Two reports by press freedom organizations conclude that 2020 was the most dangerous year for professional journalism in recent Brazilian history.
The National Federation of Journalists (FENAJ) recorded 428 cases of violence against journalists, more than double the 208 cases recorded in 2019. The NGO Reporters Without Borders (RSF, for its acronym in French) identified 580 attacks on press professionals and media outlets in 2020.
Despite the different methodologies, in the two surveys, President Jair Bolsonaro, his children, ministers and the Presidency's Communication Secretariat appear as the main sources of the attacks.
In the FENAJ report, Bolsonaro was responsible for 175 cases alone (40.89% of the total): 145 generalized attacks against media outlets and journalists, 26 verbal attacks, a direct threat against a journalist, an attack on a TV station and two attacks on FENAJ itself.
The number of cases of physical aggression increased by 113 percent. There were 32 cases, 17 more than the 15 occurrences recorded in 2019. In almost half, the perpetrators of the attacks were ordinary people.
“We clearly identified Bolsonarism as being responsible for the explosion of physical violence against journalists. [It encourages] common people in everyday situations to attack journalists and prevent the exercise of their profession,” Maria José Braga, president of FENAJ, told LatAm Journalism Review (LJR).
One of the most serious cases was the attack on four journalists by Bolsonaro supporters during a demonstration in front of the Planalto Palace. They were assaulted on World Press Freedom Day. Photographer Dida Sampaio was knocked down and struck with punches and kicks. Colleagues who came to his aid were also attacked.
In FENAJ's assessment, the hostile attitude against the work of journalists is the first step towards physical violence. The organization recorded a total of 110 cases of verbal, virtual aggression, threats and intimidation in 2020.
Among the victims is journalist and university professor Felipe Boff. During the graduation ceremony of a journalism class at Universidade do Vale do Rio dos Sinos, in Rio Grande do Sul, part of the audience cursed, booed and threatened Boff, interrupting his speech that mentioned Bolsonaro's attacks on the press. The journalist had to be escorted out of the ceremony to prevent the threats of aggression from materializing.
"The aggressive reaction on the part of the public only confirmed how urgent and necessary it was (and is) to denounce the attacks against journalists in Brazil, which were even more serious when committed by the President of the Republic," Boff told LJR. “I imagined that among the audience there would be some voters of his who might feel uncomfortable with what they would hear – after all, part of the speech was the report of facts, data and literal quotes from the president's attacks on the press – but never that they would try to prevent the speech of an honored guest, with shouting and cursing, as happened.”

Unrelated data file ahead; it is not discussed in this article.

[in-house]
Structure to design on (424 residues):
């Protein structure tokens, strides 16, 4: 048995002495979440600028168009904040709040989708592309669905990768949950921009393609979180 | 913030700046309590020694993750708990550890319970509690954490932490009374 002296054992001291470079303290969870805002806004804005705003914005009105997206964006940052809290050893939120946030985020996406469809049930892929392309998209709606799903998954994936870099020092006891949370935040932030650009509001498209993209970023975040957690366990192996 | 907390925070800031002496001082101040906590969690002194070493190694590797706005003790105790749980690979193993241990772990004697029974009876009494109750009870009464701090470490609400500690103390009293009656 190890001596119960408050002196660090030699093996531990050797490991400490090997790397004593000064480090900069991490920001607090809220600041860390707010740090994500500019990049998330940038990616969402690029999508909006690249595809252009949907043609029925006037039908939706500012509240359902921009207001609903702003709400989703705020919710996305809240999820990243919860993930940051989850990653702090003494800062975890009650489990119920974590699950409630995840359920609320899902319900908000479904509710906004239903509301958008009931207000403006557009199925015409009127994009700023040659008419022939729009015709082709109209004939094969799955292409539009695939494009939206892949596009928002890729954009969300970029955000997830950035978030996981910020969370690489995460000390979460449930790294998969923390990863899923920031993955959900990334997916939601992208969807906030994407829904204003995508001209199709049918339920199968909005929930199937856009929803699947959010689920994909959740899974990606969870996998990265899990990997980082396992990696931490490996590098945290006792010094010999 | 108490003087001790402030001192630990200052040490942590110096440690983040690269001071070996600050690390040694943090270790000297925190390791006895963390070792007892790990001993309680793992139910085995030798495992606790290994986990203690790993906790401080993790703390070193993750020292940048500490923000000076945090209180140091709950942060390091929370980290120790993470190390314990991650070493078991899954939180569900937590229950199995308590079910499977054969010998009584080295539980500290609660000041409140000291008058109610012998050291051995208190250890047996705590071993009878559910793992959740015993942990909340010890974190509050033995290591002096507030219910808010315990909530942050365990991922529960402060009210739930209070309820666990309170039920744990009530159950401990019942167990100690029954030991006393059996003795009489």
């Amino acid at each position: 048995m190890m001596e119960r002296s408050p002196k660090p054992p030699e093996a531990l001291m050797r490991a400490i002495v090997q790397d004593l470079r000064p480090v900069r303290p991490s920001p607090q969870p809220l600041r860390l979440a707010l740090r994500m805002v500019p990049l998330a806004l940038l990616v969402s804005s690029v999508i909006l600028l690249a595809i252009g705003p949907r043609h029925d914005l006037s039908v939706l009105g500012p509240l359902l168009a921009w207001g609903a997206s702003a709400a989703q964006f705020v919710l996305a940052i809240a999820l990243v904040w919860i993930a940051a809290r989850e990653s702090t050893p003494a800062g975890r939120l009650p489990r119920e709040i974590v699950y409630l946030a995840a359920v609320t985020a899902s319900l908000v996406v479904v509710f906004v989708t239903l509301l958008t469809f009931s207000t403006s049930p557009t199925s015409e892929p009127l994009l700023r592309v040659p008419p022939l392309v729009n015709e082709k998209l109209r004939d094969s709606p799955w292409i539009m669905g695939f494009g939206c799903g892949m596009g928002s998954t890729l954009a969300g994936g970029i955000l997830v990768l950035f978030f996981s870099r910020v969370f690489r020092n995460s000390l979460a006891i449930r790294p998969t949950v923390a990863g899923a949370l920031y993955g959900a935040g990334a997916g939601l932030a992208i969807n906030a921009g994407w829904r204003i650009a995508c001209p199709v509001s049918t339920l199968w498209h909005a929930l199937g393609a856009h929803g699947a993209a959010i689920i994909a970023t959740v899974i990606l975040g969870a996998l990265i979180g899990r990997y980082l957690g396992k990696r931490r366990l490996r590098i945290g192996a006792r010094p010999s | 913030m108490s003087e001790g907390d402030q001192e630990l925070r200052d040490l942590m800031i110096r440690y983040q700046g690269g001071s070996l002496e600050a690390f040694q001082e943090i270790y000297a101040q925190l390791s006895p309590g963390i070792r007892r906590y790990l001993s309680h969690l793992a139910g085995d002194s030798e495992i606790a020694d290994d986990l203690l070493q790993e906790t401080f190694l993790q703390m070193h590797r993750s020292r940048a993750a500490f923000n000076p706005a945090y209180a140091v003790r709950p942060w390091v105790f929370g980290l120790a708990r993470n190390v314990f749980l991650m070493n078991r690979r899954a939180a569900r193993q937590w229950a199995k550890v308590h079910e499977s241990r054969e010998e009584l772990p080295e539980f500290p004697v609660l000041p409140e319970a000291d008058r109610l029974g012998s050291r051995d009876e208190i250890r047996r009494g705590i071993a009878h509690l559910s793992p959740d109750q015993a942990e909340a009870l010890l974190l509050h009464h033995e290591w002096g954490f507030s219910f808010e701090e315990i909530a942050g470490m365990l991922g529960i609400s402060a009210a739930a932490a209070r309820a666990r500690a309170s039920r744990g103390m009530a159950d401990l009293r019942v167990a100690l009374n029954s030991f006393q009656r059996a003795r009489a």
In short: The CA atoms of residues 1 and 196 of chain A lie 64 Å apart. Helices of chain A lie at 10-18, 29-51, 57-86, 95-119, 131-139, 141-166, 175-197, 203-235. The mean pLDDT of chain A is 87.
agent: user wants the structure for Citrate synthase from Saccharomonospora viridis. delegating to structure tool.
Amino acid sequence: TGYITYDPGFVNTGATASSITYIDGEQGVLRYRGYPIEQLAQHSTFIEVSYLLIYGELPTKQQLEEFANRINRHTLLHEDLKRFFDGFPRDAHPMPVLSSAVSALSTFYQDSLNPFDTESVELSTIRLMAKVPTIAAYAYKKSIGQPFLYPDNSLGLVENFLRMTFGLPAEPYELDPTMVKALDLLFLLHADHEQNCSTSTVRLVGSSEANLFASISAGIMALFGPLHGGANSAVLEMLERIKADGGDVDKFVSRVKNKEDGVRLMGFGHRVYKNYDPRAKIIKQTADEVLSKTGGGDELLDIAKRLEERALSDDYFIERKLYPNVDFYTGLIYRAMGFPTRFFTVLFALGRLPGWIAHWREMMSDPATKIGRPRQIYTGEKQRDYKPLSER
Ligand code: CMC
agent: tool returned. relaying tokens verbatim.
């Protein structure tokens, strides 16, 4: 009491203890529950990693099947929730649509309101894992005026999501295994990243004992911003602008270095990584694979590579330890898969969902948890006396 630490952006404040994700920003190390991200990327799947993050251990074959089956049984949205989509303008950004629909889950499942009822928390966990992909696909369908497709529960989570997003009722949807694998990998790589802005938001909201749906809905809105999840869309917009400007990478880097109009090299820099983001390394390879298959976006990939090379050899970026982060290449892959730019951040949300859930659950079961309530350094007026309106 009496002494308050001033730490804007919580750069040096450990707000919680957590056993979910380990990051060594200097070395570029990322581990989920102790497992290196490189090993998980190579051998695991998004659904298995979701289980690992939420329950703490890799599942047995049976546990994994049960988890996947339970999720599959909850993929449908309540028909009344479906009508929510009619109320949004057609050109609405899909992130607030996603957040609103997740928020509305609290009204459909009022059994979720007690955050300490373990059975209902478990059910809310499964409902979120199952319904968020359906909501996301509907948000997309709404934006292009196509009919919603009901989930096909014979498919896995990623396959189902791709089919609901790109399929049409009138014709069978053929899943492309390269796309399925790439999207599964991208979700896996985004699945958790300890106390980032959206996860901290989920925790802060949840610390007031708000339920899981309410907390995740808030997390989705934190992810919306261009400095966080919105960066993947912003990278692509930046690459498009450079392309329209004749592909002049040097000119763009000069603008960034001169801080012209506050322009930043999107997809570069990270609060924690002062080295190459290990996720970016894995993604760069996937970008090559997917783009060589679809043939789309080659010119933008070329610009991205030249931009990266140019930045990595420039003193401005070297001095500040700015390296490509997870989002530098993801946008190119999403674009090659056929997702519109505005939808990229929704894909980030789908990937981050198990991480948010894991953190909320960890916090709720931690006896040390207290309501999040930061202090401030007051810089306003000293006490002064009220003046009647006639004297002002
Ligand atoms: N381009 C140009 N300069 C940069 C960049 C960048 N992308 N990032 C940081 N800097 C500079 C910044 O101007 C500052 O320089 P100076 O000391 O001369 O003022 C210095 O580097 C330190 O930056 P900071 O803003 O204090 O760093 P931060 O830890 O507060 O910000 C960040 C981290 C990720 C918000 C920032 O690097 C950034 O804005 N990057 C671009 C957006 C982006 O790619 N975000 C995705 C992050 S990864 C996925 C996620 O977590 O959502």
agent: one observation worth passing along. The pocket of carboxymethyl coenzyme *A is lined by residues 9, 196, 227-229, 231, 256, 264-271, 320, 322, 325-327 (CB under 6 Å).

“The Brazilian State, which was previously silent, did not take action. Now the Brazilian state is the main aggressor. It is a very complicated ritual. We know that we are at risk by going out to do our work,” Braga said.
‘Bolsonaro system’ against journalists
RSF, on the other hand, mapped what they classified as the “Bolsonaro system,” which includes, in addition to the president, his three children that serve in elected offices, ministers of State and even the Secretariat of Communication of the Presidency of the Republic.
“...the hostility is not new, and reflects the way that he, his family and his immediate circle have, in the past year, refined a set of practices designed to discredit the media and silence critical and independent journalists, who they regard as enemies of the state,” the RSF report said.
RSF recorded 103 attacks by the president against the press and media professionals. He had the support of his three children: Congressman Eduardo Bolsonaro (208), Senator Flavio Bolsonaro (69) and Councilman Carlos Bolsonaro (89).
In its survey, the RSF also highlighted the persecution of female journalists: 31 attacks directed at female professionals, many of them sexist. Reporter Patricia Campos Mello, winner of the Maria Moors Cabot Prize in 2020, is one of the victims. She decided to sue the president and other officials for sexual innuendo. In January 2021, Congressman Eduardo Bolsonaro was sentenced for insulting her.
“The Bolsonaro system will undoubtedly continue to attack and smear the media until the end of Bolsonaro’s presidential term,” the RSF report said. “Brazil’s journalists will need a lot of resilience and courage to continue working and to reinvent themselves in order to recover the public’s trust.”